363 dead, missing in Vietnam this year amid poor weather forecasting: PM

By Staff reporters   November 18, 2017 | 04:51 pm GMT+7
363 dead, missing in Vietnam this year amid poor weather forecasting: PM
Nha Trang resort town in Khanh Hoa Province, usually safe from storms, was the hardest hit locality by Typhoon Damrey in early November. Photo by VnExpress/Phuoc Tuan

Inaccurate forecasts and inadequate preparations have been blamed for huge damages from disasters in Vietnam.

Vietnam's Prime Minister Nguyen Xuan Phuc said Vietnam's weather forecasting capability has fallen short of demands as he addressed the parliament on huge damages from floods and storms.

Stormy weather has hit Vietnam hard this year, with 13 tropical storms affecting the country and another coming.

Flooding and storms have been ravaging almost all year round, destroying places which have rarely been hit before, Phuc said at a meeting with the legislative National Assembly on Saturday. Typhoon Damrey hit the usually gentle beach town Nha Trang of Khanh Hoa Province early in November, killing 106 people in the province and nearby places.

Natural disasters have left 363 dead and missing this year, damaging hundreds of thousands of houses, thousands of shipping boats and hundreds of thousands of hectares of rice fields.

He said that while the weather conditions were challenging, the forecasting ability of weather agencies "have not met demands."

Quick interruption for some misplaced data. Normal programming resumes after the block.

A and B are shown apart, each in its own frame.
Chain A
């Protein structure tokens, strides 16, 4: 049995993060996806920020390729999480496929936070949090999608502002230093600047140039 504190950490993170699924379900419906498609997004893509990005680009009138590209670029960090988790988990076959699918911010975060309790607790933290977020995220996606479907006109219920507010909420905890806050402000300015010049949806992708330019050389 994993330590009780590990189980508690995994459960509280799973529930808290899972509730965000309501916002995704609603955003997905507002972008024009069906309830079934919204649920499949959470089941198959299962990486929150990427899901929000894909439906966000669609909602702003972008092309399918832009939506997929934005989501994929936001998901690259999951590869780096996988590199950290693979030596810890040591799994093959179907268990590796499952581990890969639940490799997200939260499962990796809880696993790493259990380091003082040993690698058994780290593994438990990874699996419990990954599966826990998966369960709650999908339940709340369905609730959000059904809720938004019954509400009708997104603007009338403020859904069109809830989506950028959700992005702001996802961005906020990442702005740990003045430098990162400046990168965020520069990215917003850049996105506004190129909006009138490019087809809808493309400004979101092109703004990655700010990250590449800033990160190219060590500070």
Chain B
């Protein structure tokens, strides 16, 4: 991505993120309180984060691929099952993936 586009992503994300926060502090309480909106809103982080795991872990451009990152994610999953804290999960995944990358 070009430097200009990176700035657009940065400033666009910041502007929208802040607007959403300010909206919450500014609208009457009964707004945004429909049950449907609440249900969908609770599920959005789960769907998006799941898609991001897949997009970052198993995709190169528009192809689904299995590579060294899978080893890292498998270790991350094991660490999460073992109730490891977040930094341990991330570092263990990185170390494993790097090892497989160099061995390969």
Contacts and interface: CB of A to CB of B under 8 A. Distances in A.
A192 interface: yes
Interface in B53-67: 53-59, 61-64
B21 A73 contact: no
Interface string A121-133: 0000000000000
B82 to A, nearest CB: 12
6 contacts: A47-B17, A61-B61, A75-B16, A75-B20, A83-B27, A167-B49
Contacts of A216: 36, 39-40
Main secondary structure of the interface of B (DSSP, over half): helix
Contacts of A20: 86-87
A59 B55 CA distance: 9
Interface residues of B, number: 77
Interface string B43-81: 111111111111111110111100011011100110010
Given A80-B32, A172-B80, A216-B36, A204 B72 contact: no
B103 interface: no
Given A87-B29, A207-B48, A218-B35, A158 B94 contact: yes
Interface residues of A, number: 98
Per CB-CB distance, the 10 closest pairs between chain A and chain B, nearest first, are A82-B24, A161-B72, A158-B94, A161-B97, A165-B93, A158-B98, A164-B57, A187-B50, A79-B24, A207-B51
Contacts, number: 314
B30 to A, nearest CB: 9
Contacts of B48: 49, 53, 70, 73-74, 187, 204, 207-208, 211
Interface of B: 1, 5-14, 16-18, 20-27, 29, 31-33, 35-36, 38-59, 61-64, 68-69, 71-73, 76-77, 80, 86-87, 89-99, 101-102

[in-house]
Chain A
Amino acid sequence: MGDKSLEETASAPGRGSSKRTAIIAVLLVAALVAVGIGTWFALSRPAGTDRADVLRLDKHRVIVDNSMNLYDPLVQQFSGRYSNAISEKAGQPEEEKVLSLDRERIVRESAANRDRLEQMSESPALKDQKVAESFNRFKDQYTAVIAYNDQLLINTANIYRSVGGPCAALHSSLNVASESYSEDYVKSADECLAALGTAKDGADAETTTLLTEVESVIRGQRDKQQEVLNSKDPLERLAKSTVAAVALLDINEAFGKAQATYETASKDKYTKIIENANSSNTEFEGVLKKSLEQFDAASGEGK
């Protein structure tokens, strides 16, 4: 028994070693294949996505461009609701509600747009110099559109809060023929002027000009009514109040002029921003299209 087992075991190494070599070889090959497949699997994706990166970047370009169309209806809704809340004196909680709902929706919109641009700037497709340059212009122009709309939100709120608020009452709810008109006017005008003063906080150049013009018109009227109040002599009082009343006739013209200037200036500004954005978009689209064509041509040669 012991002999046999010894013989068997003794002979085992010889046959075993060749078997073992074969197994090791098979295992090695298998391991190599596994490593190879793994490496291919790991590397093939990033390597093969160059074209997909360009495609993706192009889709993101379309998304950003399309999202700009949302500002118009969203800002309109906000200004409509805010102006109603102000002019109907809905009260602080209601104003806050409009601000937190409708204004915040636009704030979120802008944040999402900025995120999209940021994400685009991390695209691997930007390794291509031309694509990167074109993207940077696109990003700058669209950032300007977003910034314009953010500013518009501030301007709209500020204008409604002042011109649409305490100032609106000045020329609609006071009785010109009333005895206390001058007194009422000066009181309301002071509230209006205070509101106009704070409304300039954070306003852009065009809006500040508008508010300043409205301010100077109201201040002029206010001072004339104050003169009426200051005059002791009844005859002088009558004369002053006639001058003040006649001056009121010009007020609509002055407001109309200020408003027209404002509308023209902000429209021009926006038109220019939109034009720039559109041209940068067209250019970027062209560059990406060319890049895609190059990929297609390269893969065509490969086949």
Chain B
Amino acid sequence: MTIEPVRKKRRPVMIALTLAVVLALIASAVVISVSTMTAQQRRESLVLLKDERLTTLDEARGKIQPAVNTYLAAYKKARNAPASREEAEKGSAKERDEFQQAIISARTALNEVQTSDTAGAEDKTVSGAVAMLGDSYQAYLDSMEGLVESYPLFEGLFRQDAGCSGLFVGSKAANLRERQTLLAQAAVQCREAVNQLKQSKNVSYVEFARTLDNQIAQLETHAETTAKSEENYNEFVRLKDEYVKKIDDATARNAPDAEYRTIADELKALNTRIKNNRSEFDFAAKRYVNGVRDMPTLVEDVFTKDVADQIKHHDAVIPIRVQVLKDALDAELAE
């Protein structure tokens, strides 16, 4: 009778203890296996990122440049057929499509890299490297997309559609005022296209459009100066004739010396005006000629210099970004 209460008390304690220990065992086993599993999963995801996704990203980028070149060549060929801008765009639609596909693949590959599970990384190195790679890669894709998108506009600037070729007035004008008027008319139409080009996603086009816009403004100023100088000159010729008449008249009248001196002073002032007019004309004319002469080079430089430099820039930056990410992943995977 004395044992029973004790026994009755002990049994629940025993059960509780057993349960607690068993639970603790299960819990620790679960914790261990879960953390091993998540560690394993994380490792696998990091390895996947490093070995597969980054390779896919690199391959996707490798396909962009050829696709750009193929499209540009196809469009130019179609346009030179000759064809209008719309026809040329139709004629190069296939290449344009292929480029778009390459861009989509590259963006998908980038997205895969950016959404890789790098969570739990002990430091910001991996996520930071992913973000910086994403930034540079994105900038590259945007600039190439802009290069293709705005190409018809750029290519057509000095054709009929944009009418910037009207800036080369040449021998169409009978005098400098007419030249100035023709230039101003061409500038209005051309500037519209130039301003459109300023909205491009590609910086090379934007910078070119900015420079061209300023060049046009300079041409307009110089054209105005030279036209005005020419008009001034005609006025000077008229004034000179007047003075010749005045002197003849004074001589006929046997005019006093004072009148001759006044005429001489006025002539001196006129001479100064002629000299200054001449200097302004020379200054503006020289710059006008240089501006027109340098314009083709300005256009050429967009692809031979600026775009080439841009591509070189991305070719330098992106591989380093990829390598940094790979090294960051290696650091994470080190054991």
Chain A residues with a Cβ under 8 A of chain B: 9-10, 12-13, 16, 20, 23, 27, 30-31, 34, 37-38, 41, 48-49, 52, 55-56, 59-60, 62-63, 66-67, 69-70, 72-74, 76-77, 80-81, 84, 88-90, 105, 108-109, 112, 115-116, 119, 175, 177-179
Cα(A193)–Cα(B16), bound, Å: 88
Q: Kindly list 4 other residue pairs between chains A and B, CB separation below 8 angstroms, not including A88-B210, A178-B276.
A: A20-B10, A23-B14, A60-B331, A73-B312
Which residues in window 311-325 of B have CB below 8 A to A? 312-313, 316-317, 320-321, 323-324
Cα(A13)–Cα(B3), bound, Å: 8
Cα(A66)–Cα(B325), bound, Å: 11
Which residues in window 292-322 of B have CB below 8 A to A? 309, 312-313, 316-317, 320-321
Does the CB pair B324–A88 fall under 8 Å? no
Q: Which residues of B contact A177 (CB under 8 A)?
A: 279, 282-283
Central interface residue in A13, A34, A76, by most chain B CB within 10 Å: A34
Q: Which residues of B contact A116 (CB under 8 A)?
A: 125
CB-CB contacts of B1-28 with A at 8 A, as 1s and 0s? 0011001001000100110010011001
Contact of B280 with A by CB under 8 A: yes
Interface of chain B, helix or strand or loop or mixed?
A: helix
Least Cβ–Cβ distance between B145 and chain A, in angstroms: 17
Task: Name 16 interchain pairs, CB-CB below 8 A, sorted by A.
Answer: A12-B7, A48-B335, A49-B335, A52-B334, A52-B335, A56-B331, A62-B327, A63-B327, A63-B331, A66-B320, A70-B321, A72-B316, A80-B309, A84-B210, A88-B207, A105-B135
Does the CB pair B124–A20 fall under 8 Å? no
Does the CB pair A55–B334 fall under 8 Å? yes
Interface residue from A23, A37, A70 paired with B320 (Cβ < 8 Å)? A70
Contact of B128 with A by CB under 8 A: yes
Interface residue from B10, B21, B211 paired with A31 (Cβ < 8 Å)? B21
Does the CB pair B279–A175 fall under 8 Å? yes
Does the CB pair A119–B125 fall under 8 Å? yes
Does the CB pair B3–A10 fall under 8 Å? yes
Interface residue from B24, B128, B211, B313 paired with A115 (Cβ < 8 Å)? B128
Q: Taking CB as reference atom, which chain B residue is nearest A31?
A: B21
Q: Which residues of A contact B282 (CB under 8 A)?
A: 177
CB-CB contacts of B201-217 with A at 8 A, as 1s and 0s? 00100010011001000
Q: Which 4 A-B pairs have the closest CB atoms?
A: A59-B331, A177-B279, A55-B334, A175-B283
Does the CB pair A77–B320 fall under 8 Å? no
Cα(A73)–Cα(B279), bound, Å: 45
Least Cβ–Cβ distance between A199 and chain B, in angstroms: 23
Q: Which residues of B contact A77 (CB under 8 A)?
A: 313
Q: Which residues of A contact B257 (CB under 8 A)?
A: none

"Several localities were unprepared or didn't persevere in the face of disasters," he said.

In the wake of huge damages from the massive Typhoon Damrey, officials from the transport ministry have blamed incorrect weather forecasts, leaving many fishermen with damaged boats as they were not alerted and did not evacuate. But the environment ministry said that people in the region were also unprepared.

UNICEF also said in a recent statement that the lack of communication at community level has led to poor preparation for typhoon Damrey, leaving 150,000 children to still suffer risks of malnutrition more than 10 days after the storm.

Last month, late forecasting was blamed as flooding accompanied by landslides killed 68 people in one week in northern Vietnam, making it one of the most terrible floods to ever hit the region.

Last year, tropical storms and flooding killed 264 people in Vietnam and caused damage worth VND40 trillion ($1.75 billion), nearly five times more than in 2015.

 
 
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